New York Review of Books - Willibald Sauerlaender
"In reading these pages it seems possible to hear Schapiro's own voice, even his laughter or the applause of the audience. It is almost like listening to a recording. . . .[Schapiro] saw the sculptures of Moissac and Vézelay in the light of modern art. That may have been an illusion of a particular moment in the past century. . . . But I know of no more moving, more sympathetic reading of medieval art."
Sehepunkt - Vibeke Olsen
"The Schapiro lectures engage the reasder in an intimate and straightforward manner. . . . A rare glimpse into Schapiro's complex thought process. . . . Schapiro was unique, ahead of his time, and this book which showcases Schapiro's remarkable critical and analytical abilities, is a welcomed addition to his body of work, and without a doubt a significant contribution to the discipline itself."
Key Reporter - Svetlana Alpers
"The quality of the text is that of close looking and careful analysis. It is a revelation to read Schapiro on the Eve of Autun."
New Republic
Schapiro was a figure of seigneurial cosmopolitanism who felt absolutely rooted in his time and place, a man with a serene self-assurance who was insatiably curious about other people and times and places. . . . There may be no American thinker of the mid-century years who was at once so deeply attracted to the grandeur of European ideas and so skeptical about those enormous visions as Meyer Schapiro.—Jed Perl, New Republic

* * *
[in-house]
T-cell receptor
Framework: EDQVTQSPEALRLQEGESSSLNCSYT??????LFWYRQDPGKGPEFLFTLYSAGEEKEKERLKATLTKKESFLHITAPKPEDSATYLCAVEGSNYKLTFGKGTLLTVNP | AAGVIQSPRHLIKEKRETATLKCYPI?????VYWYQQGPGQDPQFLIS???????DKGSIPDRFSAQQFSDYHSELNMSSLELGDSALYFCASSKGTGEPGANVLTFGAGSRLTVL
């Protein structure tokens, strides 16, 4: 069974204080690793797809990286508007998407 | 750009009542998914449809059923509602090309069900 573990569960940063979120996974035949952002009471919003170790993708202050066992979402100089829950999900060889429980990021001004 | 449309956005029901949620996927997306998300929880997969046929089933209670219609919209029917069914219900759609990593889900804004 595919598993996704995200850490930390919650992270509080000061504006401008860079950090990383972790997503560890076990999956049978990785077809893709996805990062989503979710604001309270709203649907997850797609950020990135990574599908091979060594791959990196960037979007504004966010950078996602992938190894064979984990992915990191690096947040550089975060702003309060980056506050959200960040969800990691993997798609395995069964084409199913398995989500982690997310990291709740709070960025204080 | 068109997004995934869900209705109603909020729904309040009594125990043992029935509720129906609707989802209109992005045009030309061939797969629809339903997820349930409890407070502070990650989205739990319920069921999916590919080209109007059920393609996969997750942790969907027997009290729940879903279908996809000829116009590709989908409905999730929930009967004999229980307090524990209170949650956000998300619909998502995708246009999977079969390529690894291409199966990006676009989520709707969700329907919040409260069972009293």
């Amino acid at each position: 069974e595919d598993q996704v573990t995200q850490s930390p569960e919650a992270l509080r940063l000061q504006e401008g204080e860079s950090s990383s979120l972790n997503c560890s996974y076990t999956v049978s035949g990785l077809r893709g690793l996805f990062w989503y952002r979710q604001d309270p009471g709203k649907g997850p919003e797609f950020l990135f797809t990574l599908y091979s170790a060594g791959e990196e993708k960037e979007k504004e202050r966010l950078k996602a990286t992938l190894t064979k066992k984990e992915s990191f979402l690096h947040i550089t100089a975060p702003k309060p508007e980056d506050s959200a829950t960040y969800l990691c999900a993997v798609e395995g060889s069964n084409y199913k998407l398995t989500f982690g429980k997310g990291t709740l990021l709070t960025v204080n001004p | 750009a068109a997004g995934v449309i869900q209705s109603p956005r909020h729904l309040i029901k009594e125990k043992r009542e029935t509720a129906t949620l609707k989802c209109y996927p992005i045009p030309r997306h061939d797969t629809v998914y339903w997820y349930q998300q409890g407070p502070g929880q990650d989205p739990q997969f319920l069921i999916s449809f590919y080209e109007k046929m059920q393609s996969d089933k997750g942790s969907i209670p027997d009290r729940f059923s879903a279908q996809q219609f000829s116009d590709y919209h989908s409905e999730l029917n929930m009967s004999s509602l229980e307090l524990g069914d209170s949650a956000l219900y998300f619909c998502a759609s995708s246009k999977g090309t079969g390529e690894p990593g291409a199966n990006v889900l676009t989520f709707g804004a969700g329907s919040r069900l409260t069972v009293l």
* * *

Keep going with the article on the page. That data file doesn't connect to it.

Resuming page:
— Jed Perl

New Statesman
"[A] profound, delightful book."
New York Review of Books
In reading these pages it seems possible to hear Schapiro's own voice, even his laughter or the applause of the audience. It is almost like listening to a recording. . . .[Schapiro] saw the sculptures of Moissac and Vézelay in the light of modern art. That may have been an illusion of a particular moment in the past century. . . . But I know of no more moving, more sympathetic reading of medieval art.

— Willibald Sauerlaender